Re: [CFRG] Attack on a Real World SPAKE2 Implementation

steve@tobtu.com Sat, 08 May 2021 03:49 UTC

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Date: Fri, 7 May 2021 22:49:15 -0500 (CDT)
From: steve@tobtu.com
To: Dan Harkins <dharkins@lounge.org>, Ruben Gonzalez <in+lists@ruben-gonzalez.de>, cfrg@irtf.org
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Subject: Re: [CFRG] Attack on a Real World SPAKE2 Implementation
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It was patched: https://github.com/schollz/pake/commit/886f7d50e5dba3956e3db3db842e937ee6281760

[redacted] was "short keys".

Private keys were only 8 bytes. DLPs of this size can be trivially solved in a few seconds. Now to successfully break this PAKE with the auto generated password, you would need to solve on average 2^31 of these which takes like 5 racks of computers running for 4 days.

The attack is if you observe the PAKE exchange then you can make offline guesses at the password. Once you have the password you can run the rest of the PAKE to get the session key. You observe A's "X" and make a password guess "pw" and do A' = X - pw*U. Try to solve the DLP for A'. If you find the 64 bit private key then you found the password and A's private key. To solve the 64 bit DLP you can use Baby-Step Giant-Step. Basically you store 0*G, 1*G, 2*G, 3*G, ... (n-1)*G then look up A'-0*(n*G), A'-1*(n*G), A'-2*(n*G), A'-3*(n*G), ... A'-(2^64/n-1)*(n*G). There's a time-memory trade-off with the choice of "n". Higher values take more space to store but less time to solve.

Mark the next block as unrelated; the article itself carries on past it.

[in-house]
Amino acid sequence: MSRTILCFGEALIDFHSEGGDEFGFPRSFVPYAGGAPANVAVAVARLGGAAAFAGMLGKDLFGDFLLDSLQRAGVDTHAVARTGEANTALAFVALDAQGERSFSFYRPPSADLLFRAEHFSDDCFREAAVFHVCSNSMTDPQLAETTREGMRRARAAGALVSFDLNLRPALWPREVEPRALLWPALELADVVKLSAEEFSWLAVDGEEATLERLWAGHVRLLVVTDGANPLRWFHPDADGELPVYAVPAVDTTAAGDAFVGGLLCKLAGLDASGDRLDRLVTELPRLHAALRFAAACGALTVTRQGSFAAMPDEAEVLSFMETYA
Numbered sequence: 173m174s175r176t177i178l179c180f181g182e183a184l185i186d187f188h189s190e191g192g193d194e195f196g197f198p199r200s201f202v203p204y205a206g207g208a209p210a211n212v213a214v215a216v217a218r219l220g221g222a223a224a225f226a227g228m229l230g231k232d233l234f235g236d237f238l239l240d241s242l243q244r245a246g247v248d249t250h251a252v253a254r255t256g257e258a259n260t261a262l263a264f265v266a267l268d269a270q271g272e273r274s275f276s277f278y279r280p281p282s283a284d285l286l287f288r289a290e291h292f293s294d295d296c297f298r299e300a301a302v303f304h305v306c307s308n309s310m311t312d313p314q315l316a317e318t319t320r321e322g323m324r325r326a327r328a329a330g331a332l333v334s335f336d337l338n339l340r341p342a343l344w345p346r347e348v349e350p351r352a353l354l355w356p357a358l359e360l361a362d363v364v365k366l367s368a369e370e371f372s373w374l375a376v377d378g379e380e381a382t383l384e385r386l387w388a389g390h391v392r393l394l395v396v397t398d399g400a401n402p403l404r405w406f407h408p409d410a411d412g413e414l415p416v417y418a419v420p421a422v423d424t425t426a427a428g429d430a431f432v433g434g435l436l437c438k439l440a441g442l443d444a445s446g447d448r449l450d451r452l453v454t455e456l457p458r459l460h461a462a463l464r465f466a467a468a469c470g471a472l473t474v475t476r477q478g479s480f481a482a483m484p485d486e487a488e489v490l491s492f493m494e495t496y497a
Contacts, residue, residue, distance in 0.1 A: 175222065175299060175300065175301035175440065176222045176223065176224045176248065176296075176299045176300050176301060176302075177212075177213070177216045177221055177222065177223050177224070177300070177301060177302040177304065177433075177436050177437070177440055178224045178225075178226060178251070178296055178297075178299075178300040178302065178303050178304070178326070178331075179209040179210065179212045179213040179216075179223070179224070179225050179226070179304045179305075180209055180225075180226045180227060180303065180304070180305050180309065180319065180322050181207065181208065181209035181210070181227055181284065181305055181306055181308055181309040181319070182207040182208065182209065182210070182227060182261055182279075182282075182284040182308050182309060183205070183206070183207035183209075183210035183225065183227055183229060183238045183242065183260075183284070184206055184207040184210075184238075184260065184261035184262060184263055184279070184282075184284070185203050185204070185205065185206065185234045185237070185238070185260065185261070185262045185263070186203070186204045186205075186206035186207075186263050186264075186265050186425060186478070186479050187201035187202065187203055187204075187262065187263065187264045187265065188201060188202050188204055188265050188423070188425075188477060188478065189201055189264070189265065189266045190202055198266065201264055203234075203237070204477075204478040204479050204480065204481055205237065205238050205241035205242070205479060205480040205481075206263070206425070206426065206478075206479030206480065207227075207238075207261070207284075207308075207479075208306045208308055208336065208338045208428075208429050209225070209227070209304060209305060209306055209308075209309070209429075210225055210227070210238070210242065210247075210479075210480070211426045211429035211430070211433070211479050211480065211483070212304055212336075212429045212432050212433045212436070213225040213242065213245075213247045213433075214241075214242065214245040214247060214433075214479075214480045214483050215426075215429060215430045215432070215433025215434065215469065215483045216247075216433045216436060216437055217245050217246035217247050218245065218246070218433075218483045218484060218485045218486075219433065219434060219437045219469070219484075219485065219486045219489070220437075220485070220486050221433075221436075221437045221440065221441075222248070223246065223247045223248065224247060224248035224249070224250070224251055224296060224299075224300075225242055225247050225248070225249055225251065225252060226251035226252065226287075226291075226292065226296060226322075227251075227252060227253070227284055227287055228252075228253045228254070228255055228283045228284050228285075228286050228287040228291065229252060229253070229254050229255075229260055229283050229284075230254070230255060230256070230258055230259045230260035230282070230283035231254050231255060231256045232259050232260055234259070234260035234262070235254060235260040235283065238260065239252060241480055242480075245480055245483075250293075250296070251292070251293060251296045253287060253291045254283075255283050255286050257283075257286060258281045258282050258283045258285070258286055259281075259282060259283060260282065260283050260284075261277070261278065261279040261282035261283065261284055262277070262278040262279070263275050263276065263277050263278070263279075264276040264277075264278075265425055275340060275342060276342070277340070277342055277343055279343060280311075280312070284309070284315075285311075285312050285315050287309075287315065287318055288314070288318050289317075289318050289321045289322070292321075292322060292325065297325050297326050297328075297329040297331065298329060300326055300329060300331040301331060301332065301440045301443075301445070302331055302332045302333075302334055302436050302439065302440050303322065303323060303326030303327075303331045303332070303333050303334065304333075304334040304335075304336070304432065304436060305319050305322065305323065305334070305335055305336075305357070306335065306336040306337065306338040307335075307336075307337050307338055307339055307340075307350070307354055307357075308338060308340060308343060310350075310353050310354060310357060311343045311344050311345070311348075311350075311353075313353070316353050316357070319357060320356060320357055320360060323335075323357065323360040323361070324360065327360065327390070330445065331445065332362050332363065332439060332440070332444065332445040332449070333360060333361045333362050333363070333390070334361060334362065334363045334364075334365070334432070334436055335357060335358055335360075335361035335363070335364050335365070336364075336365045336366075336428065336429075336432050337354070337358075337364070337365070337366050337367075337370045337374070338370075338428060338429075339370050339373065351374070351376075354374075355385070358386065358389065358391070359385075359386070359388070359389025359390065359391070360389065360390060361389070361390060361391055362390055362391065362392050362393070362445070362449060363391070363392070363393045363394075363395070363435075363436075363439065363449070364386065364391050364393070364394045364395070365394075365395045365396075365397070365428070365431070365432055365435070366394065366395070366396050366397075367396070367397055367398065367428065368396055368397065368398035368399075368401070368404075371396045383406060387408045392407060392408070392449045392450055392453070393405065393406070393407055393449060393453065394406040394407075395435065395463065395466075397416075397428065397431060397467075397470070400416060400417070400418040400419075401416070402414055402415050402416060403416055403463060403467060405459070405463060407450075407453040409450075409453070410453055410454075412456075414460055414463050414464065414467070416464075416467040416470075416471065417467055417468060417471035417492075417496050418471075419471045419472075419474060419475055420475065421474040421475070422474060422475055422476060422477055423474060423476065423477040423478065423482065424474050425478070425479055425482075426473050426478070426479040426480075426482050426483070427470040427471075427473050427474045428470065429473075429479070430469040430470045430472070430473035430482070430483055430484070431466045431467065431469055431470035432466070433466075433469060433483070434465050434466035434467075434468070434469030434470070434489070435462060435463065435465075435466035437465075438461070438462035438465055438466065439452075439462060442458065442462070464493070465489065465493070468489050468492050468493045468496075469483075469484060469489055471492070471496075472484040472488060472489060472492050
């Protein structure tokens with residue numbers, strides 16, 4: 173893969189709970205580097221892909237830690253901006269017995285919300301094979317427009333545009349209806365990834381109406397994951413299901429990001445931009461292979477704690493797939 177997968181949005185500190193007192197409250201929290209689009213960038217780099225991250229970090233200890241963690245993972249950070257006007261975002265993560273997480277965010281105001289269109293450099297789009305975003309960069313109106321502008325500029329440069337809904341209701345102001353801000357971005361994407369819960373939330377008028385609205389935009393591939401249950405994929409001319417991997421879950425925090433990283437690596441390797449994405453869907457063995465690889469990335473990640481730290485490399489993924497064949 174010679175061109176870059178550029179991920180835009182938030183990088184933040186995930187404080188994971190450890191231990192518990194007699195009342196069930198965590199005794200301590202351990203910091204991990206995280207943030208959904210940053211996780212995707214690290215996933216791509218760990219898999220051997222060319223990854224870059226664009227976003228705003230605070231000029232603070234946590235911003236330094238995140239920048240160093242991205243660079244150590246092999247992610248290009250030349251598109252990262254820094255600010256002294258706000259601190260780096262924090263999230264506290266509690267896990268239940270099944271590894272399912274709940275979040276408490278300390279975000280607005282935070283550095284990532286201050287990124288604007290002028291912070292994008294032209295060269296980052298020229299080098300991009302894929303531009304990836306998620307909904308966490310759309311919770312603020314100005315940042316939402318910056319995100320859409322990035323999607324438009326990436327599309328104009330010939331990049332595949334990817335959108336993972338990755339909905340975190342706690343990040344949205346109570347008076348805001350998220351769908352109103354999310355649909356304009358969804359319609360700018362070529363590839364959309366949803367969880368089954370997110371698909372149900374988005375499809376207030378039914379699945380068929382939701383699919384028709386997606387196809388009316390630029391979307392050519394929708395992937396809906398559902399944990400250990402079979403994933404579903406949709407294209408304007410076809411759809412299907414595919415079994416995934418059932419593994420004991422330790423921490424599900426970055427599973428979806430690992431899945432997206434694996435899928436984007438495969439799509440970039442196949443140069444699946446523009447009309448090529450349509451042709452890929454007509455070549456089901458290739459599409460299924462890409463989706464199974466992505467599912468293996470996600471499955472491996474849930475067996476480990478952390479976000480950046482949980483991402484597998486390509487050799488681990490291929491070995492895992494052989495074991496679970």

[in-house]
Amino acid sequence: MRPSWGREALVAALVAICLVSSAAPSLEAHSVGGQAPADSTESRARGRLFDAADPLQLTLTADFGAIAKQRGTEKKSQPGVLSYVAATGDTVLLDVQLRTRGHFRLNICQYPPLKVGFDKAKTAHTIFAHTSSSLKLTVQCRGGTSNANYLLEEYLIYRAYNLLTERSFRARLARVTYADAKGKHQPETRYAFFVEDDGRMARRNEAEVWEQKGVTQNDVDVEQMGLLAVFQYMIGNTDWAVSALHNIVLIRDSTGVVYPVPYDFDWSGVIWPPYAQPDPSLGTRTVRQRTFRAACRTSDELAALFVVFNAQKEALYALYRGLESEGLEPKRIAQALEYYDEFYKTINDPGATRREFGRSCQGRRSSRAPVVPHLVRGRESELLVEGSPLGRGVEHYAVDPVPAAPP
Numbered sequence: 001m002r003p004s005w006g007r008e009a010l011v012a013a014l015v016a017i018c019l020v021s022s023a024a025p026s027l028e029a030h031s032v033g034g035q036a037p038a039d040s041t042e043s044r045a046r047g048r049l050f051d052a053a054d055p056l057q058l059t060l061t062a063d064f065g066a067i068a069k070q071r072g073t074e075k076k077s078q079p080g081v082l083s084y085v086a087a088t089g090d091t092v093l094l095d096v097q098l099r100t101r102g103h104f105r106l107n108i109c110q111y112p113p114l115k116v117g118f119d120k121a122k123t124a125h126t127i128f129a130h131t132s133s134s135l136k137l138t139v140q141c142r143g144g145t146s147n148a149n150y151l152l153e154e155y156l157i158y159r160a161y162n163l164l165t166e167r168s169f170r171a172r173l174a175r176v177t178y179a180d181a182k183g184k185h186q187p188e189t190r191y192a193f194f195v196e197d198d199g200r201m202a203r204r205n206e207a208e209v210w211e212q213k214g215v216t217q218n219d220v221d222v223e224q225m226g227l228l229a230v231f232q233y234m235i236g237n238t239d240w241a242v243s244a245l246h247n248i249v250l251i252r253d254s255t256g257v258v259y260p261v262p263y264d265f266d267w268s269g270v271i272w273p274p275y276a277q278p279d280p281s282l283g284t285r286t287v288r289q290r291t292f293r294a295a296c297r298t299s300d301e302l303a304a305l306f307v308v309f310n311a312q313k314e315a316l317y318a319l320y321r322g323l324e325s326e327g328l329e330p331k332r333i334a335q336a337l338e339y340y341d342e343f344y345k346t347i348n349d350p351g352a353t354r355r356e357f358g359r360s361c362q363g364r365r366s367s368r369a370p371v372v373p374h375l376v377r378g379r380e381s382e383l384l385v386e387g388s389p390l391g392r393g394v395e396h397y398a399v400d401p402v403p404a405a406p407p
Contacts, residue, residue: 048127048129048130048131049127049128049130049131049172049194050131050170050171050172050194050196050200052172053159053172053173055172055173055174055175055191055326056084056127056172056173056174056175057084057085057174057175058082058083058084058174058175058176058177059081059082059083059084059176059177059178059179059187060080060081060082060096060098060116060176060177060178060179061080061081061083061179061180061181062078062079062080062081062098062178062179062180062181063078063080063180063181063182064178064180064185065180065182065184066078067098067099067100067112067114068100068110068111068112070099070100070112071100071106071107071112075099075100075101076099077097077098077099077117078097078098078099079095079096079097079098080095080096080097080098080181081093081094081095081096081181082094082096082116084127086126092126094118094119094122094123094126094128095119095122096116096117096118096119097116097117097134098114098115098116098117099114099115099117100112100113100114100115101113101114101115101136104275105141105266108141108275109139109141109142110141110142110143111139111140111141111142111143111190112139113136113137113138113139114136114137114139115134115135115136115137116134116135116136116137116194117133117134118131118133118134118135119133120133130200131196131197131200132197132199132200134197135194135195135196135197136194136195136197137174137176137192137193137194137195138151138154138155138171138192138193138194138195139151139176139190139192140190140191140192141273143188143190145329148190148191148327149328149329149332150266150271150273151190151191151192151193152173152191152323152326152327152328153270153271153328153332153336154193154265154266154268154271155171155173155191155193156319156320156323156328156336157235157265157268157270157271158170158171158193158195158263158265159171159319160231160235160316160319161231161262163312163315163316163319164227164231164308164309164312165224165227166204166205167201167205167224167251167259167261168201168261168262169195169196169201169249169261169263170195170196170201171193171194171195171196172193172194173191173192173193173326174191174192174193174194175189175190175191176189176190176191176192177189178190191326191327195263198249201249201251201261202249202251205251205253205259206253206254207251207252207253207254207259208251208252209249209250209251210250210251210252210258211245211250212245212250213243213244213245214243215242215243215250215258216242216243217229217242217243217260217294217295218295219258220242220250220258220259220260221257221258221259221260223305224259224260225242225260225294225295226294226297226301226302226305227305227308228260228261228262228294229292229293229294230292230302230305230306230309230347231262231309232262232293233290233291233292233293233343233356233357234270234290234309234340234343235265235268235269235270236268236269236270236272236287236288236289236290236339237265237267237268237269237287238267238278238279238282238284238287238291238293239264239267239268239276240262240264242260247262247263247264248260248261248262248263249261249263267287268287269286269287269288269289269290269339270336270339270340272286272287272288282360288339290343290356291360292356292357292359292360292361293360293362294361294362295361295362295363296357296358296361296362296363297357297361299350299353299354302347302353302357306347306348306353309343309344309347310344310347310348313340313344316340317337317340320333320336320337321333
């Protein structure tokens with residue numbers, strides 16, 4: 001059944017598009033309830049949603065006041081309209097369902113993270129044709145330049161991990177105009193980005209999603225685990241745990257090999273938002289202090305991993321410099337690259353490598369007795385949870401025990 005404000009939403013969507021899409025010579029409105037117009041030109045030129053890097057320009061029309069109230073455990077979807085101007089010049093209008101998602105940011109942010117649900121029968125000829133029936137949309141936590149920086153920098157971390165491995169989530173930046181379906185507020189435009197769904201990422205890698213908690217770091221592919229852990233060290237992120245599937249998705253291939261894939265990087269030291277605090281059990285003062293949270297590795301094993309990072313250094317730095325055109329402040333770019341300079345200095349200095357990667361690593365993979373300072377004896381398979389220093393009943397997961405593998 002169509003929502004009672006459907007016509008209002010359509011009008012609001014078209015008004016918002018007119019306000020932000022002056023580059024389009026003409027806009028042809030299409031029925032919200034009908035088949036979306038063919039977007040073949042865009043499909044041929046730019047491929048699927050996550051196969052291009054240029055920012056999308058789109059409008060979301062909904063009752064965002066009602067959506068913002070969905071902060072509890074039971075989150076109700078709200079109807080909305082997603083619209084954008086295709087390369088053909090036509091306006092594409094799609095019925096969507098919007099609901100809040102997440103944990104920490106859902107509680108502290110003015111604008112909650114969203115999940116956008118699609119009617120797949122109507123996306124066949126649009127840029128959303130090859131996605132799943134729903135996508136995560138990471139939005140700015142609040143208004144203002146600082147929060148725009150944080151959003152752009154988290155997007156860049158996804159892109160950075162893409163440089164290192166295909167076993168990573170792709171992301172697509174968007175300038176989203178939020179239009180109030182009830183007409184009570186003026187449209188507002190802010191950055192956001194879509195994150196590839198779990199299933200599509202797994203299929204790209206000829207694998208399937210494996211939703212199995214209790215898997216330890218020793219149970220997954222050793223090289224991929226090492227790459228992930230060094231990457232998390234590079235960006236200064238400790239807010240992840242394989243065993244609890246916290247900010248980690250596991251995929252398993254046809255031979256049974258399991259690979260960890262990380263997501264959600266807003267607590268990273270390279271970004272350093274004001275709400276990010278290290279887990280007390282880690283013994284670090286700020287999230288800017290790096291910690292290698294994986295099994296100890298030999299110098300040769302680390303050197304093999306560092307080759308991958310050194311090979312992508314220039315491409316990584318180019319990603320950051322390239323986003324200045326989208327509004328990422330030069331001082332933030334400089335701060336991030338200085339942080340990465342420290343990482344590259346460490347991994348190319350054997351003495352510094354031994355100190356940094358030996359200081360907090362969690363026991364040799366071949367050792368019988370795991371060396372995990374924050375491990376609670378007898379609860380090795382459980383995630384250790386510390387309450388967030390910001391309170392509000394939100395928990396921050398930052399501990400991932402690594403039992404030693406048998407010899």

There is a way to solve several DLPs at the same time faster than doing them all sequentially. I don't know how that method works but I'm going to assume it won't work for this case. Where only one private key is 64 bits and the others are full random private keys.


> On 05/07/2021 3:18 PM Dan Harkins <dharkins@lounge.org> wrote:
> 
>  
> On 5/7/21 8:45 AM, steve@tobtu.com wrote:
> > 5 racks of computers breaks a PAKE exchange on average every 4 days.
> 
>    Can you expand on this? The adversarial advantage of a PAKE is supposed
> to be related to interaction and not computation. What PAKE? And how
> do 5 racks take 4 days to break it?
> 
>    regards,
> 
>    Dan.
> 
> -- 
> "The object of life is not to be on the side of the majority, but to
> escape finding oneself in the ranks of the insane." -- Marcus Aurelius